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Quotation of the Day

October 27, 2005

Repost: Words and English

Words are bricks and mortar of a language and we need to know words, get familiar with them, and master them – you need to use them.
When we read, our attention is used for two purposes: decoding (understanding the meanings of words) and comprehending (understanding texts). Most students spend most of their time decoding when reading. When do they get to comprehend? Let's see how to tackle words:
Pronunciation / syllable / stress
Prefix / root / suffix
Generally speaking, a prefix indicates meaning of a word; a suffix indicates the type or a word. They are not some kind of trick to memorize words; they are basics in English knowledge.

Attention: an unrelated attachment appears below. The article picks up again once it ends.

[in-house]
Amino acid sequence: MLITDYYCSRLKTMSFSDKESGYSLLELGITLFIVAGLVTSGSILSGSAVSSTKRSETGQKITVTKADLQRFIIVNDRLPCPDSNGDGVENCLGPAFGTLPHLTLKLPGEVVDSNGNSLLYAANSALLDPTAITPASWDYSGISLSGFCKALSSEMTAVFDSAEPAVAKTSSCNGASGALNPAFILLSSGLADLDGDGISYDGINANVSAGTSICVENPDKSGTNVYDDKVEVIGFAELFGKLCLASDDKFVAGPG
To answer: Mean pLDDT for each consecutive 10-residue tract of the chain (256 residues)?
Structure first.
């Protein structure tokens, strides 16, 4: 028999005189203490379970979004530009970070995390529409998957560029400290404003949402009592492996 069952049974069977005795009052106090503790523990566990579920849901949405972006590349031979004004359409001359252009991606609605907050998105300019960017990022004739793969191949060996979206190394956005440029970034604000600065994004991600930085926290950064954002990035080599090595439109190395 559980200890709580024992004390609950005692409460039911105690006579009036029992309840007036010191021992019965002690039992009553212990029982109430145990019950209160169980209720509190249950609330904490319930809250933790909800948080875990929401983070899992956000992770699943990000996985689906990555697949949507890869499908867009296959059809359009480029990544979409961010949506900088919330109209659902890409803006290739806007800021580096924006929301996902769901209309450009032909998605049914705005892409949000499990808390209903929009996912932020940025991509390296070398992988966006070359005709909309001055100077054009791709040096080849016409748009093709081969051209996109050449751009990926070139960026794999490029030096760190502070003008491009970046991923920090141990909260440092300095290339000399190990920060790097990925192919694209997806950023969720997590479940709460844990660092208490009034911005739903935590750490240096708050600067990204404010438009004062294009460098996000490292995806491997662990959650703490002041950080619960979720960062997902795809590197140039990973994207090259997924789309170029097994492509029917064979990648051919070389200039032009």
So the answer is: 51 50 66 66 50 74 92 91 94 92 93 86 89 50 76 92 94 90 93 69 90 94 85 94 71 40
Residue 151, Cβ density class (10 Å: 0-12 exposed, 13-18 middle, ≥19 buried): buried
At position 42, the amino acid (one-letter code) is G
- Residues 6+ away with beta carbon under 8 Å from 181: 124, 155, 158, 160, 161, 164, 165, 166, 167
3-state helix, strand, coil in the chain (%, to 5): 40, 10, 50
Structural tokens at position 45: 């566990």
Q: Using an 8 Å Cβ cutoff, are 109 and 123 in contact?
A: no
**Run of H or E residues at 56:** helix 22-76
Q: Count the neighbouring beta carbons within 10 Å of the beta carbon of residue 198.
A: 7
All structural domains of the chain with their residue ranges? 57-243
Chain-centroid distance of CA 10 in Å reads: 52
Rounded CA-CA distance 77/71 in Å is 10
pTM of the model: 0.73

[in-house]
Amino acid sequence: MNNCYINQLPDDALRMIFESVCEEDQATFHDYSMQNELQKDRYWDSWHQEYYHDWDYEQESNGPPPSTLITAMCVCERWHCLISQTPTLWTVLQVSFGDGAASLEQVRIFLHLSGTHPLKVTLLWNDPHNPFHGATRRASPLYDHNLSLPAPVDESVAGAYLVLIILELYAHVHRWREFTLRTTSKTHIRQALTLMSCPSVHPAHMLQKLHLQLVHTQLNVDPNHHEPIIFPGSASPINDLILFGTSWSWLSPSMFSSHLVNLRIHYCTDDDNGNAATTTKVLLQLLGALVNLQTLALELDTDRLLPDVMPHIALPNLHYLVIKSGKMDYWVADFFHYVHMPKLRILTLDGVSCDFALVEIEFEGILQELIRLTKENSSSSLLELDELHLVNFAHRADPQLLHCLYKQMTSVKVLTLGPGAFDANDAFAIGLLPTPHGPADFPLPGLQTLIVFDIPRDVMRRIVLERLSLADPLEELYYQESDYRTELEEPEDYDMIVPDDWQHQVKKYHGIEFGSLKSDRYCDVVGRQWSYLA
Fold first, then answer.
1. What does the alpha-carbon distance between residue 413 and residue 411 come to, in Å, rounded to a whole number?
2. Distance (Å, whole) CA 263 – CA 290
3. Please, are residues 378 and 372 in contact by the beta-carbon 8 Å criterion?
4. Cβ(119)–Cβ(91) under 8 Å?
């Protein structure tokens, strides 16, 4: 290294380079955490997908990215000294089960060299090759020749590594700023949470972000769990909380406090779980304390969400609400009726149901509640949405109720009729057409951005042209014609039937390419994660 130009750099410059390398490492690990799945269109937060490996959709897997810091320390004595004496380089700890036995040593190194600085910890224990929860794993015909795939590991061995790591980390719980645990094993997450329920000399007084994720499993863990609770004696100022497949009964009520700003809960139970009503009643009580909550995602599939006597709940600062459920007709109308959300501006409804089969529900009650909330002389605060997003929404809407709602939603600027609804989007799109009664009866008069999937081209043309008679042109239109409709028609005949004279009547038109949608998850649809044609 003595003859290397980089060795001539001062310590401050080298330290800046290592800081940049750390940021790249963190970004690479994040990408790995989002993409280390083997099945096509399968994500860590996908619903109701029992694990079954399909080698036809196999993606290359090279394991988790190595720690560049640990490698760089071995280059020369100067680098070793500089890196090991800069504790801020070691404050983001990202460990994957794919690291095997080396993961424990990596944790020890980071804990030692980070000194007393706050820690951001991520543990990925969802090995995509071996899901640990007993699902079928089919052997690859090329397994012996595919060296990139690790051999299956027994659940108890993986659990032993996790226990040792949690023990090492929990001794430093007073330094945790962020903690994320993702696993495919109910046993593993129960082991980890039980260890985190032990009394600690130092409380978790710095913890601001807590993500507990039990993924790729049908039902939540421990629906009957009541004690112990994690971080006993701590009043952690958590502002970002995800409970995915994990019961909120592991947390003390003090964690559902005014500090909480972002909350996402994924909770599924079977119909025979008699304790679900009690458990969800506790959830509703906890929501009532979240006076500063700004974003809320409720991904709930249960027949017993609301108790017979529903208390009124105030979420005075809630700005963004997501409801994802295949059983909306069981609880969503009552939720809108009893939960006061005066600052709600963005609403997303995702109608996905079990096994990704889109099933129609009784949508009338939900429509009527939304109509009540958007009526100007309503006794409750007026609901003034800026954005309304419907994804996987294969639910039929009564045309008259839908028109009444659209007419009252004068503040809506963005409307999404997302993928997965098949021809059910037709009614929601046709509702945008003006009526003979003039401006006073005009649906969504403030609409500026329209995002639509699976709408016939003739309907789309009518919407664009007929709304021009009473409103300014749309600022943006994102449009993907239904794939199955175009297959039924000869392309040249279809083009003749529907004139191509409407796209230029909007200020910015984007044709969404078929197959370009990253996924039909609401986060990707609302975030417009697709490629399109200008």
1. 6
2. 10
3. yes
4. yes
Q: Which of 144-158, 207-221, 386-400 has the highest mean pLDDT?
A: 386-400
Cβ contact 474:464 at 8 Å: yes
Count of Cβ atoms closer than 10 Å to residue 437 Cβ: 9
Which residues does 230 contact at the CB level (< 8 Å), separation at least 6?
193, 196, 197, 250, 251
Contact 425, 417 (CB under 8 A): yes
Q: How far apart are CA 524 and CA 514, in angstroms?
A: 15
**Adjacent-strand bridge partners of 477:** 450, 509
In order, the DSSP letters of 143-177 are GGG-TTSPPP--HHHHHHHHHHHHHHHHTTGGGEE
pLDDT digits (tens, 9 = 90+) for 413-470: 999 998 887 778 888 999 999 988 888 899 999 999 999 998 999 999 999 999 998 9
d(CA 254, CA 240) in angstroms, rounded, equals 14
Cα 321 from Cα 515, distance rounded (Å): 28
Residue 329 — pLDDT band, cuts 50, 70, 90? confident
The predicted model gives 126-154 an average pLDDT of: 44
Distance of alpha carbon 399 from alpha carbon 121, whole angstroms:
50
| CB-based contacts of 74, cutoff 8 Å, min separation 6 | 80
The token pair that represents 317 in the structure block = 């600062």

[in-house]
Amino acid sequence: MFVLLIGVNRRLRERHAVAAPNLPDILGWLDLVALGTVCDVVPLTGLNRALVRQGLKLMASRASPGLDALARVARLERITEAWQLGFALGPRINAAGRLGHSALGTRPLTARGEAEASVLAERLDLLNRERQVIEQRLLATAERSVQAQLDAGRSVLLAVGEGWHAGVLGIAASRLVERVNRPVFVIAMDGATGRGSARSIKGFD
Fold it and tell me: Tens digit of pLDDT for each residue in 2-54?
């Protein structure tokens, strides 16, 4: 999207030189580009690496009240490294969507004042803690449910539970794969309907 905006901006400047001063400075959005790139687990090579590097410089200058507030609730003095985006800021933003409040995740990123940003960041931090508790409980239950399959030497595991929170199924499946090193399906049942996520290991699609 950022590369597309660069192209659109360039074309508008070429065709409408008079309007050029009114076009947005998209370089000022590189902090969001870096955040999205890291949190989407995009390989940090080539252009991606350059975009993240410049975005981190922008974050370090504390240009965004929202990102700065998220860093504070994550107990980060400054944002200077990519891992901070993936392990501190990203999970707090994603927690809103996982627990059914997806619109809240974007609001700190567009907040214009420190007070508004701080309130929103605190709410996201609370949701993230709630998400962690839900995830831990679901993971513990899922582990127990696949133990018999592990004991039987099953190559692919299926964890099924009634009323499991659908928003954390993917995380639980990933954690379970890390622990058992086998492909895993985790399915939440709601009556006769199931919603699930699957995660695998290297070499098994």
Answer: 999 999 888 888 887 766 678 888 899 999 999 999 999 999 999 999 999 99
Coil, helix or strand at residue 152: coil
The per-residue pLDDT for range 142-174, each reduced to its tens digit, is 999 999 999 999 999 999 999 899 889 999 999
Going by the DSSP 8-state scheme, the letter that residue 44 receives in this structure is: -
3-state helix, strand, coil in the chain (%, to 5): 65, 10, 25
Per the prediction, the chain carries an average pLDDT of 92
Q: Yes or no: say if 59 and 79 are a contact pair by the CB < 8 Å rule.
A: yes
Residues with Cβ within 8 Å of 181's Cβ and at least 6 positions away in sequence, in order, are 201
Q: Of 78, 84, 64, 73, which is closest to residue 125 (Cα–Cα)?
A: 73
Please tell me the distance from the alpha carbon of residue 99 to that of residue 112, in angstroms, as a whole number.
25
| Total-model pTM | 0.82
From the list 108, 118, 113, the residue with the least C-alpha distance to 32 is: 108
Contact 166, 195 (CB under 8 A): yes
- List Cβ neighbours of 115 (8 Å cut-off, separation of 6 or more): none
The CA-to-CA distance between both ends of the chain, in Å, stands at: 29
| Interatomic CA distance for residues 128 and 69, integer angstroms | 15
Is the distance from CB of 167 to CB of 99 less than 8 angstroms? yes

Events / reading
You memorize a word because it is meaningful to you, and a word can be meaningful only in using, not in a dictionary. A good vocabulary and good reading go hand in hand.
Words in different syntactic and semantic contexts become different entities for readers.
If possible, guess the meanings of words.
If you need to look every word up, it's unlikely you will like English.
The tip of an iceberg
Humans are the only animal endowed with the ability to use languages, and life is boring without it. Psycholinguist Jean Aitchison describes how a male grasshopper has a choice of only six messages: “I'm happy, life is good”, “I would like to make love”, “You are trespassing”, “She's mine”, “Let's make love” and “Oh how nice to have made love.” Obviously, you language capability and need are more than a male grasshopper.

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1 comment:

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